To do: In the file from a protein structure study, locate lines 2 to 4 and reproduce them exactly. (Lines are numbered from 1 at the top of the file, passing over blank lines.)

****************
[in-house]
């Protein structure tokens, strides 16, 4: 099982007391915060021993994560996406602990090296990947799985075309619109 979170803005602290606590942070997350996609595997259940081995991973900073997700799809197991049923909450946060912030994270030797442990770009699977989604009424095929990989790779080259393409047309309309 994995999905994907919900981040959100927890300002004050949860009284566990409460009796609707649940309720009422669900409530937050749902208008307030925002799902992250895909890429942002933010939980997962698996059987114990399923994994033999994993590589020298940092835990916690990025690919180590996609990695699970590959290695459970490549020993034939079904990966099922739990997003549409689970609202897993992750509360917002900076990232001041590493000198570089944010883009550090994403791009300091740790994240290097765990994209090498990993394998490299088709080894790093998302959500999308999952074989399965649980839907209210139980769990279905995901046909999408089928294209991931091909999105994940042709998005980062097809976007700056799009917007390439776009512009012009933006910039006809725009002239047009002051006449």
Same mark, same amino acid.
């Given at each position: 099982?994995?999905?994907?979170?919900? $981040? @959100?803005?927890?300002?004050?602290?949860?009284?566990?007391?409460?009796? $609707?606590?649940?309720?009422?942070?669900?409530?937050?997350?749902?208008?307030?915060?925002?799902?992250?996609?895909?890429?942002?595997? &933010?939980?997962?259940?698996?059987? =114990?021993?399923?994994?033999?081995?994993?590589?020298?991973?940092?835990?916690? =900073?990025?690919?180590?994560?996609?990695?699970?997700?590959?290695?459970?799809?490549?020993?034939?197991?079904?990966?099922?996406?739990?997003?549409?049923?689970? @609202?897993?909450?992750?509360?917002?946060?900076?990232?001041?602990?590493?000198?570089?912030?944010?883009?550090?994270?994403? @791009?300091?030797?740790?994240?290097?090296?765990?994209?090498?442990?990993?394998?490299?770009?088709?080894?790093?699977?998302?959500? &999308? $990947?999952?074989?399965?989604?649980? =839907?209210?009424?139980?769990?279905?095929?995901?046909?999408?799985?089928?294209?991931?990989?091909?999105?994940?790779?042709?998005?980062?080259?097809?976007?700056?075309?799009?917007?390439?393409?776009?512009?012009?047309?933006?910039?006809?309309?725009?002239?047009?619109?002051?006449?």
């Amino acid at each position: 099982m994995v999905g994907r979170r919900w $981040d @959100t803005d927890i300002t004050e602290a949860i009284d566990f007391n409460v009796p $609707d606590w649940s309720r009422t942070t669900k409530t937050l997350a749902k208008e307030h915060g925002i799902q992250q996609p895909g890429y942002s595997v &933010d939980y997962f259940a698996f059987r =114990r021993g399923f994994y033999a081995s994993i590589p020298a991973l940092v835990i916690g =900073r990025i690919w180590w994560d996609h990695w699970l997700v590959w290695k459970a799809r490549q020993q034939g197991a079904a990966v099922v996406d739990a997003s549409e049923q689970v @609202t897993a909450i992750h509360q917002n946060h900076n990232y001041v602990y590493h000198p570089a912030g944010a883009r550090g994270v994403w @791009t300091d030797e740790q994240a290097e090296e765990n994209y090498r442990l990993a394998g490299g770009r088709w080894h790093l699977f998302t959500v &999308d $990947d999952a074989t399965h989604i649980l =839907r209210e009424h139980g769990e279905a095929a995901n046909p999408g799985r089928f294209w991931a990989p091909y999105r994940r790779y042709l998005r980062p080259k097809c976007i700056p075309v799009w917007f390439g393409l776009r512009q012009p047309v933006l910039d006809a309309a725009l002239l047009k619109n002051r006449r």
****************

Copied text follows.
């Protein structure tokens, strides 16, 4: 099982007391915060021993994560996406602990090296990947799985075309619109 979170803005602290606590942070997350996609595997259940081995991973900073997700799809197991049923909450946060912030994270030797442990770009699977989604009424095929990989790779080259393409047309309309 994995999905994907919900981040959100927890300002004050949860009284566990409460009796609707649940309720009422669900409530937050749902208008307030925002799902992250895909890429942002933010939980997962698996059987114990399923994994033999994993590589020298940092835990916690990025690919180590996609990695699970590959290695459970490549020993034939079904990966099922739990997003549409689970609202897993992750509360917002900076990232001041590493000198570089944010883009550090994403791009300091740790994240290097765990994209090498990993394998490299088709080894790093998302959500999308999952074989399965649980839907209210139980769990279905995901046909999408089928294209991931091909999105994940042709998005980062097809976007700056799009917007390439776009512009012009933006910039006809725009002239047009002051006449």
Same mark, same amino acid.
């Given at each position: 099982?994995?999905?994907?979170?919900? $981040? @959100?803005?927890?300002?004050?602290?949860?009284?566990?007391?409460?009796? $609707?606590?649940?309720?009422?942070?669900?409530?937050?997350?749902?208008?307030?915060?925002?799902?992250?996609?895909?890429?942002?595997? &933010?939980?997962?259940?698996?059987? =114990?021993?399923?994994?033999?081995?994993?590589?020298?991973?940092?835990?916690? =900073?990025?690919?180590?994560?996609?990695?699970?997700?590959?290695?459970?799809?490549?020993?034939?197991?079904?990966?099922?996406?739990?997003?549409?049923?689970? @609202?897993?909450?992750?509360?917002?946060?900076?990232?001041?602990?590493?000198?570089?912030?944010?883009?550090?994270?994403? @791009?300091?030797?740790?994240?290097?090296?765990?994209?090498?442990?990993?394998?490299?770009?088709?080894?790093?699977?998302?959500? &999308? $990947?999952?074989?399965?989604?649980? =839907?209210?009424?139980?769990?279905?095929?995901?046909?999408?799985?089928?294209?991931?990989?091909?999105?994940?790779?042709?998005?980062?080259?097809?976007?700056?075309?799009?917007?390439?393409?776009?512009?012009?047309?933006?910039?006809?309309?725009?002239?047009?619109?002051?006449?």